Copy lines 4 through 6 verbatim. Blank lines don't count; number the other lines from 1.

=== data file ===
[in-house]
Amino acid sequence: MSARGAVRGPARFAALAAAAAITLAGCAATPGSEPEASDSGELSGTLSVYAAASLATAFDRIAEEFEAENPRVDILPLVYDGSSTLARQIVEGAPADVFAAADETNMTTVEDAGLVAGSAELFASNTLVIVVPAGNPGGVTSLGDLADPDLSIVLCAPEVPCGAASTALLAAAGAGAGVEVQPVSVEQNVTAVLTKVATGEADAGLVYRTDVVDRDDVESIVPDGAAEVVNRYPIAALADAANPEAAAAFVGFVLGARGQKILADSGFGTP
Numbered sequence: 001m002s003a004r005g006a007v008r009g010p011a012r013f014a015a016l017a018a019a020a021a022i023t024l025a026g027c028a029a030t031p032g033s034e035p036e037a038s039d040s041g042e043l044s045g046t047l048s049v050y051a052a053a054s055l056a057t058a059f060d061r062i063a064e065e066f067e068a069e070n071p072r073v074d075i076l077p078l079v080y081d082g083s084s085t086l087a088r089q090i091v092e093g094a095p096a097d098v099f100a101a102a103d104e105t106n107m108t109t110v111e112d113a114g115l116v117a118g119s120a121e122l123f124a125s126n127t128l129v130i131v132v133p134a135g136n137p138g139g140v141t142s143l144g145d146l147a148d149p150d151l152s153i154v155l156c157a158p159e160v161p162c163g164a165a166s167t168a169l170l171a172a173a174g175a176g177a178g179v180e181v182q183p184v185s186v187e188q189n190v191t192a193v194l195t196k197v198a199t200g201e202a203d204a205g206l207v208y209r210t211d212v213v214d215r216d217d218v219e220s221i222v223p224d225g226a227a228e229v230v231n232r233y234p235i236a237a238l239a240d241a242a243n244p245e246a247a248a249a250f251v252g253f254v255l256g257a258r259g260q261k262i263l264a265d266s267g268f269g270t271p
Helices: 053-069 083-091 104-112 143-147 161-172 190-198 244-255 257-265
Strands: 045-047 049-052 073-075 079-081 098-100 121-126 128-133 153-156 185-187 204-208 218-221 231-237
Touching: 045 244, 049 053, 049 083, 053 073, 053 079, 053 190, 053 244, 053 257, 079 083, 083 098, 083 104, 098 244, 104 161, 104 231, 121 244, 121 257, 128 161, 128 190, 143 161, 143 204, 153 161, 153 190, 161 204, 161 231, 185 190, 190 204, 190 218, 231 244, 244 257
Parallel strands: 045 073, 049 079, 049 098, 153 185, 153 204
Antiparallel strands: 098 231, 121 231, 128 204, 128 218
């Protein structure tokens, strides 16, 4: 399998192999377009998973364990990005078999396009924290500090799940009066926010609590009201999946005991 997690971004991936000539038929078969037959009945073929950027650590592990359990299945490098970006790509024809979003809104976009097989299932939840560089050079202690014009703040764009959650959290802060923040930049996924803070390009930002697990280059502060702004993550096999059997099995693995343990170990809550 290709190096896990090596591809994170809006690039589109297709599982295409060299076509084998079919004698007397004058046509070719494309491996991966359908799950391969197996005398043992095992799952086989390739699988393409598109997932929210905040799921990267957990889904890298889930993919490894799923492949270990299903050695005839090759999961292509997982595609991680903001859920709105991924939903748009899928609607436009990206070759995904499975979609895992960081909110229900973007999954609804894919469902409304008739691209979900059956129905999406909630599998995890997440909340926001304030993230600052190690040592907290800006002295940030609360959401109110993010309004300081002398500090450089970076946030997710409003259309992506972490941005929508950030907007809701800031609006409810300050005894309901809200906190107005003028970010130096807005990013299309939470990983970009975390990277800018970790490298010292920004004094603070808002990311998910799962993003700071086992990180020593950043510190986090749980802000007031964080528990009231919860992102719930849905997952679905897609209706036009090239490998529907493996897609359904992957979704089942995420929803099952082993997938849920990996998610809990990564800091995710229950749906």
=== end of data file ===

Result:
Helices: 053-069 083-091 104-112 143-147 161-172 190-198 244-255 257-265
Strands: 045-047 049-052 073-075 079-081 098-100 121-126 128-133 153-156 185-187 204-208 218-221 231-237
Touching: 045 244, 049 053, 049 083, 053 073, 053 079, 053 190, 053 244, 053 257, 079 083, 083 098, 083 104, 098 244, 104 161, 104 231, 121 244, 121 257, 128 161, 128 190, 143 161, 143 204, 153 161, 153 190, 161 204, 161 231, 185 190, 190 204, 190 218, 231 244, 244 257